PAUL EVANS – director of the NHS Support Federation, comments
Millions of patients had their treatment put on hold whilst the NHS battled Covid-19, and waited with considerable anxiety not knowing when their turn would come. They deserve urgent care and if using beds and theatres in private hospitals is the way to guarantee it, then it should be done, but the unremitting desire of governments to outsource and the long record of failures rightly set off alarms.
The deal should be a time-limited arrangement and certainly not a replacement for the core requirement for a credible new plan to lift NHS capacity. For a decade the government has ignored the evidence about the levels of resources and staffing needed to match the rising health needs of our community and have run-down key services like public health, hitting the poorest worst. No more. This new, funded plan, must start now and run in parallel with any deal done with the private sector.
Bed numbers had been cut steadily for over a decade and before Covid there was a staffing crisis with over 100,000 vacancies, including 40,000 nurses. For the first time on record, in late 2019, the NHS was missing all its targets, including A&E waiting times, cancer treatment and non-urgent surgery. The waiting list for non-urgent procedures was at 4.4 million, also at a record level.
The NHS needs more than private sector help, but even if the deal is done will they deliver? The public may rightly question the motives of private companies – that have been positioning themselves to profit from the NHS for years. Outsourcing in the NHS has delivered a catalogue of failures and examples of companies gaming the system and providing poor value.
Successive governments have made it a pivotal aim to encourage greater for-profit involvement, despite the stack of problems. So forgive the cynics who perceive a glint of opportunism in ministers’ eyes at this new deal.
A life line for companies
For the private health providers the NHS deal has been a lifeline, giving them a guaranteed income stream in very difficult times. These companies already rely heavily on work from the NHS – at over 80% of Ramsay’s income and around 40% of BMI/Circle and Spire’s income – and this was falling prior to the pandemic as the NHS was instructed to reduce use of the private sector to save money.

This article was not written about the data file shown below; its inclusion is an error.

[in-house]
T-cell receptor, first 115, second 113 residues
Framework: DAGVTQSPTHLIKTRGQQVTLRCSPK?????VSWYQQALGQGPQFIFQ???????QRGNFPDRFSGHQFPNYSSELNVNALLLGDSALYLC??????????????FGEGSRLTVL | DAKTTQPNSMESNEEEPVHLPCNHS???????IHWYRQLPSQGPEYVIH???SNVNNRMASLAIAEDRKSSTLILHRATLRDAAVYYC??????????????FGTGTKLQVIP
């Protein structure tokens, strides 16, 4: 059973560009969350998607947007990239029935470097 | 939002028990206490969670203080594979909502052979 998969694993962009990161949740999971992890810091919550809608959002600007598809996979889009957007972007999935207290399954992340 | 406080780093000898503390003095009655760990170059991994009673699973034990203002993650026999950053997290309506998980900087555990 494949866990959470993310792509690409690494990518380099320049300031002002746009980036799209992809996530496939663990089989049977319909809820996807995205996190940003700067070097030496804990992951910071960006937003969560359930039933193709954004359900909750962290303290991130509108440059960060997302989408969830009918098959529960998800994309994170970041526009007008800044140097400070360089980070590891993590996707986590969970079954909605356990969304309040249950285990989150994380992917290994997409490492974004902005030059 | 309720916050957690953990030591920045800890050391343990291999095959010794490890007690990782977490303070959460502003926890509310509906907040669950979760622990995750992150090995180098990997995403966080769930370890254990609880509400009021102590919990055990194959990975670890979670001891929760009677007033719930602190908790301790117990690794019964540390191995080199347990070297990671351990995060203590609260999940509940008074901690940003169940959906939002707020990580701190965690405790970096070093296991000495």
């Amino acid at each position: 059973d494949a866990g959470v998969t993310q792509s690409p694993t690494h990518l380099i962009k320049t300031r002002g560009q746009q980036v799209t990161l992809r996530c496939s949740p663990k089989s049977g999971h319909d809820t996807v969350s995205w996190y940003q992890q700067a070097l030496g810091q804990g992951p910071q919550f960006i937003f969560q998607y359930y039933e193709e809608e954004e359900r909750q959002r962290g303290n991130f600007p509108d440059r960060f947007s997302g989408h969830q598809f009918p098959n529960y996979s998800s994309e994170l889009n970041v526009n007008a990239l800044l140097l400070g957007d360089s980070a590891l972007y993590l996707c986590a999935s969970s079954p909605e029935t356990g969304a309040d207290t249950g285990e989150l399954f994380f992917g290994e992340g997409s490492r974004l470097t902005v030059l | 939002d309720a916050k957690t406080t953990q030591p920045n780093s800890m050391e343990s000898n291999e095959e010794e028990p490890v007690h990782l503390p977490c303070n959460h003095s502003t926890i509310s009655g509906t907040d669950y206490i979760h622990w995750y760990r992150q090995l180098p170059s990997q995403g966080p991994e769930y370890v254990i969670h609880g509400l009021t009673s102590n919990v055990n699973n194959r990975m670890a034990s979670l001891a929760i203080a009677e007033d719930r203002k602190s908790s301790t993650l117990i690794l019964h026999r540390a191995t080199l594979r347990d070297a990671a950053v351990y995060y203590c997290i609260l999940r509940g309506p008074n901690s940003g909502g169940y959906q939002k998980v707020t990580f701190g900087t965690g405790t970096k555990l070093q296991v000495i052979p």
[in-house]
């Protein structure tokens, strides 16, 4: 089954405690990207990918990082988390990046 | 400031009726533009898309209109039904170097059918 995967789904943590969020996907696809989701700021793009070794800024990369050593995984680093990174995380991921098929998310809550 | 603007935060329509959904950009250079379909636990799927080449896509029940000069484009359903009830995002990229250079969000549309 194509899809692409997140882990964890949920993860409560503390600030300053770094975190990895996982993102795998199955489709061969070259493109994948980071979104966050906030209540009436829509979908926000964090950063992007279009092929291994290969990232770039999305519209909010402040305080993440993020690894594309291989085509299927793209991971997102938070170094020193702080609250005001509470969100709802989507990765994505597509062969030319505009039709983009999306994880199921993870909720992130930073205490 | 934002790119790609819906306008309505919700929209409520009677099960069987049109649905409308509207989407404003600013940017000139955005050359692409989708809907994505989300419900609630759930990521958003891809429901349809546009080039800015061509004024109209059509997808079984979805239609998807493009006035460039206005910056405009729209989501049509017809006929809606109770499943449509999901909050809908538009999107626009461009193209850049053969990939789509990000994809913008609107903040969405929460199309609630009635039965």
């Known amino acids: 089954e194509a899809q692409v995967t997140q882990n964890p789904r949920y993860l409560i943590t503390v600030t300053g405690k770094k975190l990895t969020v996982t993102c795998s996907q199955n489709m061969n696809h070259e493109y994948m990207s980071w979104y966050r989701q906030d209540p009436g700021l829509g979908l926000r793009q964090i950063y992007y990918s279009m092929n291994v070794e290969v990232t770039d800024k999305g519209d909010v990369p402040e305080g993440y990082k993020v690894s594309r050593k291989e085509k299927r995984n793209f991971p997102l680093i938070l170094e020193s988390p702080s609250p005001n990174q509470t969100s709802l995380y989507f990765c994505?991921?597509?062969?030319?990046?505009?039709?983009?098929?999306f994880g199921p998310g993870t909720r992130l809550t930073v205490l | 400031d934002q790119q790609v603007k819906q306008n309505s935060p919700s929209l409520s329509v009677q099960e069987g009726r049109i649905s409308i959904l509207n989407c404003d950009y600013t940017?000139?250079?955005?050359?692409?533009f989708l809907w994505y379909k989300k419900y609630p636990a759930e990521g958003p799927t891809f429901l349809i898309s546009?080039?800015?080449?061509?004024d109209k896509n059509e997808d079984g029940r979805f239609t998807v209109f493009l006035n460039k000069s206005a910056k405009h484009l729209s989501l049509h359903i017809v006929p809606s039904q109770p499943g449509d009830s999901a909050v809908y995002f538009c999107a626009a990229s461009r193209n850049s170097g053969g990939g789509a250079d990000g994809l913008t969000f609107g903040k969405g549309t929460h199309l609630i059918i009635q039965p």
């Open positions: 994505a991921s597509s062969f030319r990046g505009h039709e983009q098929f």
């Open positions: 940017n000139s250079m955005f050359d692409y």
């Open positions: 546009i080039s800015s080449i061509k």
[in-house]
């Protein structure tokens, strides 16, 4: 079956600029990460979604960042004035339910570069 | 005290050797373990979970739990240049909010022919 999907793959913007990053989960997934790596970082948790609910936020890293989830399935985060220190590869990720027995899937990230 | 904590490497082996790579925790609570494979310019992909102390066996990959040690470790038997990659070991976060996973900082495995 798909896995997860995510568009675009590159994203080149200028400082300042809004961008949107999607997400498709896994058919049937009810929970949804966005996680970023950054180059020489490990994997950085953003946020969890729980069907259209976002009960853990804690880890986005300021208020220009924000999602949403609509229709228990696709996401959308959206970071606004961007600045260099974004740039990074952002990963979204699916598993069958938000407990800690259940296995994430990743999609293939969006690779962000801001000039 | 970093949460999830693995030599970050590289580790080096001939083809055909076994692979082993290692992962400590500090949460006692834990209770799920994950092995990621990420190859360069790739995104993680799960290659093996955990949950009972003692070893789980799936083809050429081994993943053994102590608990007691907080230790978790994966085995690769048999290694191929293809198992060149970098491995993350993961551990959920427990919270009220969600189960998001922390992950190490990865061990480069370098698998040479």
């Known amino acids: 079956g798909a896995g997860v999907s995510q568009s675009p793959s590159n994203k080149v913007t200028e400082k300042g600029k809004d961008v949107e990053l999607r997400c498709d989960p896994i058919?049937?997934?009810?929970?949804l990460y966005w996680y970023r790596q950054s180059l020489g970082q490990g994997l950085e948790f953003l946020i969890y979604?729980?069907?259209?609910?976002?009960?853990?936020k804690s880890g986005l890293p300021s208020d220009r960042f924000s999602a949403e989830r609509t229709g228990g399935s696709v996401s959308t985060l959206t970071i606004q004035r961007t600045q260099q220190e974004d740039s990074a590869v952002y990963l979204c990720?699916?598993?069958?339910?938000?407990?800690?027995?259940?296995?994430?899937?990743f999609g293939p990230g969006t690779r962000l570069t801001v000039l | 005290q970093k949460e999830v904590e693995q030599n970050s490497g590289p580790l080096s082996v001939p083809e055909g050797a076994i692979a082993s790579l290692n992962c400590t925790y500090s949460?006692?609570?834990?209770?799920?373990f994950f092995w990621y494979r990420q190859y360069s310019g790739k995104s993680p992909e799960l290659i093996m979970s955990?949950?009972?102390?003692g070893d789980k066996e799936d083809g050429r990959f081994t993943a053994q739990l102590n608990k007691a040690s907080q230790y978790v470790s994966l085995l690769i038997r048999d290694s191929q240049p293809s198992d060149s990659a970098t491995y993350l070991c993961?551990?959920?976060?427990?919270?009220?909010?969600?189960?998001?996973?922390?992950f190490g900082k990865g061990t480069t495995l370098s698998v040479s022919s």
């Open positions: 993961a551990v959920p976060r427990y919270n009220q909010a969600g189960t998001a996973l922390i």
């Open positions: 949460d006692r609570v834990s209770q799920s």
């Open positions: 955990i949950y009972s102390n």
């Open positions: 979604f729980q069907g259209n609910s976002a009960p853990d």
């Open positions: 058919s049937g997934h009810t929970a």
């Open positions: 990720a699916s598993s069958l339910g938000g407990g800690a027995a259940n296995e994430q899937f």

With the lockdown came a cessation of all private work – without the March deal from the government the companies would have found it very difficult to survive. Although they have now been allowed to restart some private work, a worldwide recession beckons, and so making the NHS deal will be an even more important part of their strategy.
Make no mistake, the public should have the upper hand in this negotiation, as many private health companies have suffered flagging fortunes of late and are already being propped up with by £400m a month in public tax receipts, so the government should dominate the terms to make this agreement work for patients and the NHS.
Paying for treatments not delivered
We should learn too from earlier efforts to dragoon the private sector in to help with waiting lists prior to 2010, which whilst contributing to reducing the delays for some patients, resulted in over £200m in payments to providers for treatments that didn’t take place.
Don’t forget the position of staff, who need continual training, a cost largely born by the NHS. Shouldn’t then the NHS be compensated by the private companies who lure staff away? Improved NHS pay and working conditions are a top priority and would help to reward and keep precious NHS staff.
What about the current NHS Plan? Whatever your view it has not yet delivered a credible strategy to: recruit and retain its workforce, to build and repair NHS facilities both in the acute and community sectors, to set proper funding, end creeping privatization and put in place accountable structures so that the NHS can be properly planned and run in the public interest. The NHS and its patients deserve better.